Thursday, March 7, 2013

I'm an Atheist, not an Adeist - god is "possible"

 By
Sean Ewart

It's plausible... but unlikely.
The conversation has reached that inevitable point at which my sparring partner cannot give evidence, outside of the Bible, for the existence of her conception of god. We've already shot down experiential claims as being too subjective for consideration. We need something concrete to lay our hands upon.


“Prove that god exists,” I goad.

Too often at this point of the debate the tables are abruptly turned.

“Prove god doesn't exist,” my rival parries.

I've fallen for the ploy countless times. In a desperate attempt to weave together an airtight counterattack out of fallacies I say, without exception, something absurd.

“We haven't ever seen god,” I assert.

My rival smiles, “that doesn't mean god doesn't exist.”

It's a trap set by zeal and triggered by overconfidence. As soon as I have offered up such a ludicrous statement as, “I know god does not exist!” I have engaged fiction with fiction. What do I mean I know god does not exist? According to what? Where's the evidence?

Atheism, the rejection of revelation and the determination to await the evidence before answering the “big” questions, certainly is not religion. But the dogmatic assertion of what I call “adeism” is. The trouble is recognizing the difference.

We atheists are often hoisted by our own petard. While we reject the claims of the religious for their clear lack of substantiation, we are prone to overestimating the weight of empirical testimony lining up on our behalf. In other words we often find ourselves defending the claim, without so much as a shred of evidence, that we live in a god-less universe. How futile.

It's a false dichotomy and atheists and theists alike are guilty of missing the fallacy. While atheism is a rejection of supernatural claims that lack evidence, it is not the outright rejection of “god.”

Even Dawkins said, “...reason alone could not propel one to total conviction that anything definitely does not exist.”

Atheism is the rejection of theism: the dogmatic belief, not just in the possibility of the supernatural, in the specific configuration of “god” according to religious revelation.

What atheism is not, however, is a rejection of deism: the belief generally in the possible existence of the supernatural. The claims of deists like Einstein or Thomas Paine are not within the scope of atheism nor capable of being upended by the barbs of atheists.

Paine's assertion, that “We can know God only through his works,” resonates with the atheist as with the deist. Let us study the natural world free from the dogma of theism. Perhaps we will find god.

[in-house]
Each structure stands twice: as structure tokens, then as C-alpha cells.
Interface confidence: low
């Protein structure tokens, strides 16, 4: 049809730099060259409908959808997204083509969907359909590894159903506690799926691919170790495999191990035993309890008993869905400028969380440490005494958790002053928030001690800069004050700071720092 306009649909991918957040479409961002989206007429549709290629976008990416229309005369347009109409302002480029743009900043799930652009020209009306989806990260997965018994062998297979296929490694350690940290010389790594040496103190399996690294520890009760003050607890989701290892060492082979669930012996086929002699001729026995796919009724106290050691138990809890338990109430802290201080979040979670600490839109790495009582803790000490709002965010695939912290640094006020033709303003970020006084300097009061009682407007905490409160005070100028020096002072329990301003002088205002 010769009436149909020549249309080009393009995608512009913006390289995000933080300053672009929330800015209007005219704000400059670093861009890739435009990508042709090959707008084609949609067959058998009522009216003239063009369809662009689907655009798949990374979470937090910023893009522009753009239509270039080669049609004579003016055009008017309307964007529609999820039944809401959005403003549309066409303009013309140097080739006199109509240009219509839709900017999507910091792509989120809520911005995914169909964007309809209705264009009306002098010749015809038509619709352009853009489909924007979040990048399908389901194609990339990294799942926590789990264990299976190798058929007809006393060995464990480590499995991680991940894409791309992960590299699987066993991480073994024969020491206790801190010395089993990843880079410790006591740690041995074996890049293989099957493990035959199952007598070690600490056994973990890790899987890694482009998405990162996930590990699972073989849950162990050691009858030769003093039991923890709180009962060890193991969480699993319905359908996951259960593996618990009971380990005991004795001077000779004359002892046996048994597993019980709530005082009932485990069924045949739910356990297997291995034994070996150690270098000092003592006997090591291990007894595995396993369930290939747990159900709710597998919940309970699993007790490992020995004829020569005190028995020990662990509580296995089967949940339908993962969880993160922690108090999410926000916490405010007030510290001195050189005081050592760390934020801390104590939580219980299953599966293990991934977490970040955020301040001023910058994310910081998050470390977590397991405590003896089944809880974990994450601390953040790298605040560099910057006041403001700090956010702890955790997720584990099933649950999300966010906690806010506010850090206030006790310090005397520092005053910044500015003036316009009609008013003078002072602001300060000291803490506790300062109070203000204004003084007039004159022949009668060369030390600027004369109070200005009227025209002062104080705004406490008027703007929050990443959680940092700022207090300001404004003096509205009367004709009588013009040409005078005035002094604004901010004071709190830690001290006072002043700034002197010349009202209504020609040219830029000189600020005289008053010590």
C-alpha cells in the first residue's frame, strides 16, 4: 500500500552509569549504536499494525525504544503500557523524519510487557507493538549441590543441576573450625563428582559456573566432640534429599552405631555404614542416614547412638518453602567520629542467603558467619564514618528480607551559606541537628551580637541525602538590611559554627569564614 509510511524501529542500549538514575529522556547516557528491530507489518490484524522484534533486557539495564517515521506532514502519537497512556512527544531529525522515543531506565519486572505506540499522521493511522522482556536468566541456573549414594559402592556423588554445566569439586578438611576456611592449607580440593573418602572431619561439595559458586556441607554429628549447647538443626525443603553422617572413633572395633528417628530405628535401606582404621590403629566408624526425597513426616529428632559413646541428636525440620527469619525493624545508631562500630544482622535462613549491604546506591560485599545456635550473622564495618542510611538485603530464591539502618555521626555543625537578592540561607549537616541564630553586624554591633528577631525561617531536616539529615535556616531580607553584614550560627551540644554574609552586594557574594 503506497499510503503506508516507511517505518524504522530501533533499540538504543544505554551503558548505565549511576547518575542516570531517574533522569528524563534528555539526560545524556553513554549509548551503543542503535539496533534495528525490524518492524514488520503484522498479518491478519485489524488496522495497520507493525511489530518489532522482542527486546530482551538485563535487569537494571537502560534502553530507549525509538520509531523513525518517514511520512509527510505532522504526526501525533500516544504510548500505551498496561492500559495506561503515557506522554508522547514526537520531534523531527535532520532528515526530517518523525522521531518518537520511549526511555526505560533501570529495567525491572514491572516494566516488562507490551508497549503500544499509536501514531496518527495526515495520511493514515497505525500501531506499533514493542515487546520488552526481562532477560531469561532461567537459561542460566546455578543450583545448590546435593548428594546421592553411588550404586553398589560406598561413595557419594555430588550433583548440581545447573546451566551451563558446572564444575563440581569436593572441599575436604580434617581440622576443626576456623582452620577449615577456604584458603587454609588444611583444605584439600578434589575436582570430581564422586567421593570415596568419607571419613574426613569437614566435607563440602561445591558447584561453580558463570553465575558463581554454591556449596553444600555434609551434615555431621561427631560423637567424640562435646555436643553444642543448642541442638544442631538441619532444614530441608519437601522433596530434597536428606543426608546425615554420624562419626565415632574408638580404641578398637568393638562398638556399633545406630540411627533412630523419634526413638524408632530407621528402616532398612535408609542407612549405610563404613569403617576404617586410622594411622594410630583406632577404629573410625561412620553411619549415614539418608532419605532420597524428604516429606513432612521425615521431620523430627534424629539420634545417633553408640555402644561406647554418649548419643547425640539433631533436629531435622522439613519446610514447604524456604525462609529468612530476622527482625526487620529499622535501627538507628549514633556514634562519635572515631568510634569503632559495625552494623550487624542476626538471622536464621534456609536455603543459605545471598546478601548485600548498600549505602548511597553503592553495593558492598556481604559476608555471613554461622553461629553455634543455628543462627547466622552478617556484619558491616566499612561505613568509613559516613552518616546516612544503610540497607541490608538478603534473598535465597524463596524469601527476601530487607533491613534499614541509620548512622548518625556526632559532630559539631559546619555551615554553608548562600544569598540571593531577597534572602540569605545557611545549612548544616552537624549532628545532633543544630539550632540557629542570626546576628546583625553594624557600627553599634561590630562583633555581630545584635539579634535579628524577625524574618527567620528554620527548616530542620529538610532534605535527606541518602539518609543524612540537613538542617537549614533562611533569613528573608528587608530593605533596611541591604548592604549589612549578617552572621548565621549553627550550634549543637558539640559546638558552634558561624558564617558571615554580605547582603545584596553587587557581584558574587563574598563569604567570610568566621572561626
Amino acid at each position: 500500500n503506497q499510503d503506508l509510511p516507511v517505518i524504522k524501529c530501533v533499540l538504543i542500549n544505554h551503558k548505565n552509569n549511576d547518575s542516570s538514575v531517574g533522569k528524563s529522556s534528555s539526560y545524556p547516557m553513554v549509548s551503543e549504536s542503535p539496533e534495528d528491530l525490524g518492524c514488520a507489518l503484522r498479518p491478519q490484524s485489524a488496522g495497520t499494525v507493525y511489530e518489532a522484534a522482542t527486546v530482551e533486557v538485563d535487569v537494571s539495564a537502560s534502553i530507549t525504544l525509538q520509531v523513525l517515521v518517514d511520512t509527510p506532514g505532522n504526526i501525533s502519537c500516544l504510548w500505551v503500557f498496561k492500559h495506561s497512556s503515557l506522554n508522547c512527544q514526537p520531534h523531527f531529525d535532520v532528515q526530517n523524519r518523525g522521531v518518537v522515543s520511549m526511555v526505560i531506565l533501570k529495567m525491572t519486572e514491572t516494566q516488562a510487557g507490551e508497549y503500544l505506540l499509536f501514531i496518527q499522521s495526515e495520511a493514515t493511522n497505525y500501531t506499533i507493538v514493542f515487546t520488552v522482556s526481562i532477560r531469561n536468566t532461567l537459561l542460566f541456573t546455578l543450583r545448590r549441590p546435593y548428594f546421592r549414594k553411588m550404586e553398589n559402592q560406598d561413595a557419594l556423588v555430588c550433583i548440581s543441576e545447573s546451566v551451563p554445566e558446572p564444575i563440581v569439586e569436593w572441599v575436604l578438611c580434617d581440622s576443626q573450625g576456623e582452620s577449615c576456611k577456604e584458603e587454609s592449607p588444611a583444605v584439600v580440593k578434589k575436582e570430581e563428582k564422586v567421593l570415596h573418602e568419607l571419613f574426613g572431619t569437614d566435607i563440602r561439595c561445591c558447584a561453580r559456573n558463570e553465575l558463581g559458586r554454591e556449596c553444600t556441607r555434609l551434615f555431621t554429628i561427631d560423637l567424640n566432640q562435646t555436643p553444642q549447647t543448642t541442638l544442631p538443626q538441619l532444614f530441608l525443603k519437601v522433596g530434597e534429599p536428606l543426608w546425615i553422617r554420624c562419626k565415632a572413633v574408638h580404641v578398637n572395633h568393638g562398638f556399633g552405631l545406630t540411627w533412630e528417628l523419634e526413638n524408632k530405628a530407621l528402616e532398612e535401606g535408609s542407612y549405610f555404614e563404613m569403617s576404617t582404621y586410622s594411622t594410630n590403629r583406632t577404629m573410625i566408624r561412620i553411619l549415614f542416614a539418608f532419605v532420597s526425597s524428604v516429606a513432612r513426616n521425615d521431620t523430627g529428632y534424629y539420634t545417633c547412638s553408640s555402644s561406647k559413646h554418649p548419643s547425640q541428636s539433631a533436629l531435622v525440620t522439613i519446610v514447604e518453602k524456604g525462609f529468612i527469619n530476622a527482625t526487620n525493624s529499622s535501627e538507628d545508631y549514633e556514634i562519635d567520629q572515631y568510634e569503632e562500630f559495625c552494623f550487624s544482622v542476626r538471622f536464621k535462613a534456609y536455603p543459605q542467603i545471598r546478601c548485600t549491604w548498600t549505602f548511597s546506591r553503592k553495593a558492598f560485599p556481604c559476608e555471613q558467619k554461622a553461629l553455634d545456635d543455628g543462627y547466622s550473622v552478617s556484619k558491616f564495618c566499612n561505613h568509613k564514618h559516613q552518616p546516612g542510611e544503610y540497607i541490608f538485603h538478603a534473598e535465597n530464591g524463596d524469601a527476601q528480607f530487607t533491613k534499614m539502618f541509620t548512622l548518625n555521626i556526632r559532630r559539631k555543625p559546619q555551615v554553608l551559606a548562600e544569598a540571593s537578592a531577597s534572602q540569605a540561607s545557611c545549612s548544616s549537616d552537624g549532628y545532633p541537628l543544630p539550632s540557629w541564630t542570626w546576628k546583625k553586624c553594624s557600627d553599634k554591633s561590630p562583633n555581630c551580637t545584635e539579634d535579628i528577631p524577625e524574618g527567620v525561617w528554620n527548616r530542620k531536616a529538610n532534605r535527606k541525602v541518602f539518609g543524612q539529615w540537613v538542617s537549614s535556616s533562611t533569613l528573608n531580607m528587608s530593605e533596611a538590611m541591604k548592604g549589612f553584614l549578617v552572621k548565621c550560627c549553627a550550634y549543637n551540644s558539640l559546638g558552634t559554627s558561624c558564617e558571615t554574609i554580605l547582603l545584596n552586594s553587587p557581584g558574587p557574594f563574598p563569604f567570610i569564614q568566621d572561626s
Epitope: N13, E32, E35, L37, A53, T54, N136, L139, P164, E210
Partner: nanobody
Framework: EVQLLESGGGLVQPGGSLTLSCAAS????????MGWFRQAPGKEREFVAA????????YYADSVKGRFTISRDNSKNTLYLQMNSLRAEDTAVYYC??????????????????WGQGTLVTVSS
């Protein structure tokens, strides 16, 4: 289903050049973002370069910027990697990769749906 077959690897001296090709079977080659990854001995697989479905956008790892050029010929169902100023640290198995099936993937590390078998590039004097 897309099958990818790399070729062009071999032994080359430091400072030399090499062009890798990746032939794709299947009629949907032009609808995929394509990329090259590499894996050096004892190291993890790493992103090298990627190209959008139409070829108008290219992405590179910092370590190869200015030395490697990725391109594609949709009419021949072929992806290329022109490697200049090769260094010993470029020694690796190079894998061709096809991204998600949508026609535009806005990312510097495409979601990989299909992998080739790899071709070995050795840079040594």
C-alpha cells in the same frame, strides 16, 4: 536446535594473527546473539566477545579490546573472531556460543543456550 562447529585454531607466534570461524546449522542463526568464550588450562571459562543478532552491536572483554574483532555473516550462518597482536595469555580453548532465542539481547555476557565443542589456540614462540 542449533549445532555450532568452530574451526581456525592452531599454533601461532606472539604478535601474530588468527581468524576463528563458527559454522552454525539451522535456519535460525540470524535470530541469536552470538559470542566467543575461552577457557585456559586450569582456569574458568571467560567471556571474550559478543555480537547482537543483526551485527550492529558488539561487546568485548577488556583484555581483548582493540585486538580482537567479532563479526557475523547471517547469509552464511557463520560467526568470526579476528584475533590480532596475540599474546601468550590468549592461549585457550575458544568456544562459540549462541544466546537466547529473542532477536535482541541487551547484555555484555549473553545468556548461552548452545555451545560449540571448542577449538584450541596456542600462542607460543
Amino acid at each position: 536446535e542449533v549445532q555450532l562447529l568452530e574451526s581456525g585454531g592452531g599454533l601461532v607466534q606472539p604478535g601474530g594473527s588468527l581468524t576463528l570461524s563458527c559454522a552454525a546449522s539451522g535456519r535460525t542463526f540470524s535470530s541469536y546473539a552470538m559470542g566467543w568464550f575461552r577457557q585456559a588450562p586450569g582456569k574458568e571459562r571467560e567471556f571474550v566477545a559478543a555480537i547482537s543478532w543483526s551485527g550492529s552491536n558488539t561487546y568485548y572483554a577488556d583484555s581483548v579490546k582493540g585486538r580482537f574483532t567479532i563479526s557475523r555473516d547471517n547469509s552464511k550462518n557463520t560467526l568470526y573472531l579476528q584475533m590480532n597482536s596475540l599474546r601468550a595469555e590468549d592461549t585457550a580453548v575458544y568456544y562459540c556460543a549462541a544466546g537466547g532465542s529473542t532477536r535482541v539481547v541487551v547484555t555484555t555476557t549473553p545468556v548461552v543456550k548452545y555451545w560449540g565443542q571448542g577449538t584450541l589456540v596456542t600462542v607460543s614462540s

However much I doubt that god exists the evidence so far does not rule out the existence of the divine. This does not mean atheists therefore believe the divine exists – it merely does not allow us to rule it out. We are awaiting the evidence. For that reason I am an atheist and not an “adeist.” The existence of god is perfectly possible... it's just unlikely.

And, I should add, this is categorically different than agnosticism because atheists contend that we do have enough evidence to toss out the mythologies of the theists. Beyond that, however, we are, so far, without further understanding.

Confronting again my nemesis of before, I demand the presentation of evidence in favor of the existence of god. She can offer none.

“What about you?” she asks. “Where is the proof god does not exist?”

“I have none,” I say now. “But that isn't the point. Atheists are not attempting to answer the “big” questions – why are we here? How did we get here? - until we first come up with satisfying evidence. When we find that evidence we will follow it towards whatever answers there may be. Until then we are content to live in mystery.”

In fine, do we want to know what God is? Search not the book called the scripture, which any human hand might make, but the scripture called the Creation. – Thomas Paine.

3 comments:

  1. Which god concerning deism?

    Or do you just like to roll around in ambiguity?

    ReplyDelete
    Replies
    1. Which god will change your mind?

      Or do you just like to troll around?

      Delete
    2. Are you hoping he'll pick one you can prove doesn't exist? Because otherwise what's your point?

      Delete